Since the New Year, CDs of this performance have arrived. The recording is excellent and will be on sale at our May 6th concert in the Great Hall, University of Sydney.

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Meet the Soloists for Mendelssohn’s Paulus

In preparation for the upcoming performance of Paulus, Mendelssohn’s rarely presented oratorio, at the Great Hall Sydney University on Sunday 10th December at 5pm, let’s meet the talented soloists who will be joining the Choir and Orchestra, under the baton of music director, Christopher Bowen OAM.

Concert tickets are available now here.

Anita Kyle, Soprano

An accomplished lyric soprano, Anita Kyle, has won many awards and accolades including. the National Operatic Aria, Music Teachers’ Assoc of NSW Vocal Scholarship, and was semi-finalist in the McDonalds’ Operatic Aria Scholarship and finalist in the 2MBS-FM Young Performer of the Year Award, ABC Young Performer Awards and the Joan Sutherland Scholarship.

Anita Kyle

Her roles include the 15 YEAR OLD in Lulu; FRASQUITA in Carmen; SOPHIE in Werther; both the SANDMAN and DEW FAIRY in Hansel and Gretel; PAPGENA in The Magic Flute; LIESCHEN in Bach’s Coffee Cantata and GOVERNESS in Orpheus and Eurydice.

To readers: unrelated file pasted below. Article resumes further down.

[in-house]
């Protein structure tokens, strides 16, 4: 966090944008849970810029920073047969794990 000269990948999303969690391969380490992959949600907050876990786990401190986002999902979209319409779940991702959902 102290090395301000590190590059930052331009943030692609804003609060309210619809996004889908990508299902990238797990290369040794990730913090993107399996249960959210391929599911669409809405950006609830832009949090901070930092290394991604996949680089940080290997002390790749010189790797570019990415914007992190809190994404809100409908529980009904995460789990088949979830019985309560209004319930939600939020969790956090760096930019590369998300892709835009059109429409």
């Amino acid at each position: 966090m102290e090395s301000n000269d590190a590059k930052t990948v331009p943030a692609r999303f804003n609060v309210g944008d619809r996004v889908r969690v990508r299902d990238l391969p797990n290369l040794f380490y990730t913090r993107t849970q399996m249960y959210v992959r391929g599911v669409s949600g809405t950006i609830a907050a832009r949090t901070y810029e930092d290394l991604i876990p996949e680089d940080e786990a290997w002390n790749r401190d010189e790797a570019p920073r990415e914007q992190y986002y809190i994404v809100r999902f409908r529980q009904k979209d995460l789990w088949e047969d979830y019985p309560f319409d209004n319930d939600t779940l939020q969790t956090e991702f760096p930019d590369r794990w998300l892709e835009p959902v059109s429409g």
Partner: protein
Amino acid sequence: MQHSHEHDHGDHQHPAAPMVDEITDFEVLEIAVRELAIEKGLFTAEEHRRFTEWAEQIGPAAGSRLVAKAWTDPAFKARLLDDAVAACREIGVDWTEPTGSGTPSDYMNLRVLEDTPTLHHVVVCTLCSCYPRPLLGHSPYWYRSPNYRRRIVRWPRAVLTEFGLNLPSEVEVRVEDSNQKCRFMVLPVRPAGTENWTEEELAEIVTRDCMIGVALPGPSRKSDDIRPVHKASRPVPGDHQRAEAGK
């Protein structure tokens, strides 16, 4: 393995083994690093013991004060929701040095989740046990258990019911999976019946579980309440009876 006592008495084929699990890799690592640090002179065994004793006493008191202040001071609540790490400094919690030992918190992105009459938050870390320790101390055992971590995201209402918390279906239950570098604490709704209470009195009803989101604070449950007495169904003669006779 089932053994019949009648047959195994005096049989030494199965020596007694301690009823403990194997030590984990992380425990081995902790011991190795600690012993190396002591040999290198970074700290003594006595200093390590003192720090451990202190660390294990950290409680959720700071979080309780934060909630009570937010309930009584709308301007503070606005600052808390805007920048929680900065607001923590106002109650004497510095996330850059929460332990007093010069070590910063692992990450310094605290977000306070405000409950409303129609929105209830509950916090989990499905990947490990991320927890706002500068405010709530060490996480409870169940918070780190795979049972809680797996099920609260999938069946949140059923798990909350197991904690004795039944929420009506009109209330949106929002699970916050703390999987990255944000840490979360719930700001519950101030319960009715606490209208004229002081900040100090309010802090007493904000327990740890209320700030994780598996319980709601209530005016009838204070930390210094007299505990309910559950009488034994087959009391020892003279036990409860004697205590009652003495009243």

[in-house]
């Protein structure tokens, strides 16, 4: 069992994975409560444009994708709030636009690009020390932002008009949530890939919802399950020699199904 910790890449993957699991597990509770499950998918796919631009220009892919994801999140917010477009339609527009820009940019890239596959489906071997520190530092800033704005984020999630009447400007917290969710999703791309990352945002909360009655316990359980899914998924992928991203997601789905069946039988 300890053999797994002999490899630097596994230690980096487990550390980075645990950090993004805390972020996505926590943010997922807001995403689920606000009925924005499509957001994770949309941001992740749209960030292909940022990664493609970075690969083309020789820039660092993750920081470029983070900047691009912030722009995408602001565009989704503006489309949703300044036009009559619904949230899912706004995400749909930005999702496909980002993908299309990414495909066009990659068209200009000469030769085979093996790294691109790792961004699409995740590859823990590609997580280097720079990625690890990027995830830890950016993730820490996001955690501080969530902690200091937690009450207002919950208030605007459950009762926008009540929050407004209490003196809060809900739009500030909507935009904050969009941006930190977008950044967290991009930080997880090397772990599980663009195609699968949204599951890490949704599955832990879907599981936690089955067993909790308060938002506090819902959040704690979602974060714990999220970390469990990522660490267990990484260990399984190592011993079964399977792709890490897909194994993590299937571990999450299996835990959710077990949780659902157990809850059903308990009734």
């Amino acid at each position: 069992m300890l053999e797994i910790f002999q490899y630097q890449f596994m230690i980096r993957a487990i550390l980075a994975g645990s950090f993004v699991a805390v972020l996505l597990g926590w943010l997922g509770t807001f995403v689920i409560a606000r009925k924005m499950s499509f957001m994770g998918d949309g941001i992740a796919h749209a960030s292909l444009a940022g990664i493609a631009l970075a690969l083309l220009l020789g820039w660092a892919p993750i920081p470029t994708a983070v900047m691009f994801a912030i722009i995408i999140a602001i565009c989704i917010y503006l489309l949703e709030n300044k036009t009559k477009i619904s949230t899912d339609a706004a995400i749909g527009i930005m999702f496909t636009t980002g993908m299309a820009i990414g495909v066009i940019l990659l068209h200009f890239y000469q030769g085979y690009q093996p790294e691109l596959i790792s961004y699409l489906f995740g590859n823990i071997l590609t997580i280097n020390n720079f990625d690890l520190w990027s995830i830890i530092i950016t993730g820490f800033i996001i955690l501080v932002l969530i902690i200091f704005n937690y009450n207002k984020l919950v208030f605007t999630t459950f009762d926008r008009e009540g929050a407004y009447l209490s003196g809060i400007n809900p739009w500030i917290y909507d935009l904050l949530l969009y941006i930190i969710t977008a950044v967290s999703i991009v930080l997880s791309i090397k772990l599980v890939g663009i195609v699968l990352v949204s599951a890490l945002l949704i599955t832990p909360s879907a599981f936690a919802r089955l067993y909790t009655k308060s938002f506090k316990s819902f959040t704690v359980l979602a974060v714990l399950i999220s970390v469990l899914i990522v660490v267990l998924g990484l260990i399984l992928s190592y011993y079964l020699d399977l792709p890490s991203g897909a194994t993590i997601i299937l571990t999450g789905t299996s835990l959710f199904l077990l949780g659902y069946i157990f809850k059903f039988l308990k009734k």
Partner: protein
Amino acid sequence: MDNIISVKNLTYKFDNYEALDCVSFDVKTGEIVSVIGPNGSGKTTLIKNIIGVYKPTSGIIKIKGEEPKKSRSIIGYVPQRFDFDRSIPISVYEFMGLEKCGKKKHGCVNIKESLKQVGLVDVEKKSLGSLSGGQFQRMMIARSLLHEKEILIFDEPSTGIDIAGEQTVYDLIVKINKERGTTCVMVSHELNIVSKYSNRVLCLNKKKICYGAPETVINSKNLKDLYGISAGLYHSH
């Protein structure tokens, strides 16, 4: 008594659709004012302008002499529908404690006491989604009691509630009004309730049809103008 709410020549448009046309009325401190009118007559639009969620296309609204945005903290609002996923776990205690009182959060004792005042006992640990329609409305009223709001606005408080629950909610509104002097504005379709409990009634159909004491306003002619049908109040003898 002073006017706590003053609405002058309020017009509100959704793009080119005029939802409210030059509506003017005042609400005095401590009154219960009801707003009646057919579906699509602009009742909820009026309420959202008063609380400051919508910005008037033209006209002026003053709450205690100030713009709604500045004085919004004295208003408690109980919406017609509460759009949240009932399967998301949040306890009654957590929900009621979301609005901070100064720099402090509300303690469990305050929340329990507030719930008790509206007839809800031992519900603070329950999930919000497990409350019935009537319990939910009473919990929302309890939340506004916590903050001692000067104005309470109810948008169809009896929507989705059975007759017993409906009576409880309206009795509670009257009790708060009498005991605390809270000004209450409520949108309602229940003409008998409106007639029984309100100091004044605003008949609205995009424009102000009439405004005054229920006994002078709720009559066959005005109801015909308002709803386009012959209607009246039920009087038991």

Other performances include Villa-Lobos’ Bachianas Brasileiras (no.5), Faure’s Requiem, Mozart’s Vesperae solennes de confessore, Casals’ El cant dels Ocells (The Song of the Birds), Jenkins’ The Armed Man, Haydn’s Mass no. 10 in C Major (Mass in a Time of War), Mozart`s Mass in C Minor, Saint-Saens’ Christmas Oratorio, Jenkins’s Stella Natalis and Brahms’ Ein Deutsches Requiem (A German Requiem).

Anita debuted with the Syd Uni Grad Choir in 2015 in Handel’s Israel in Egypt and returned to perform in CPE Bach’s Magnificat, Heinichen’s Mass No. 9 and Handel’s Messiah in 2016.

David Hidden, Bass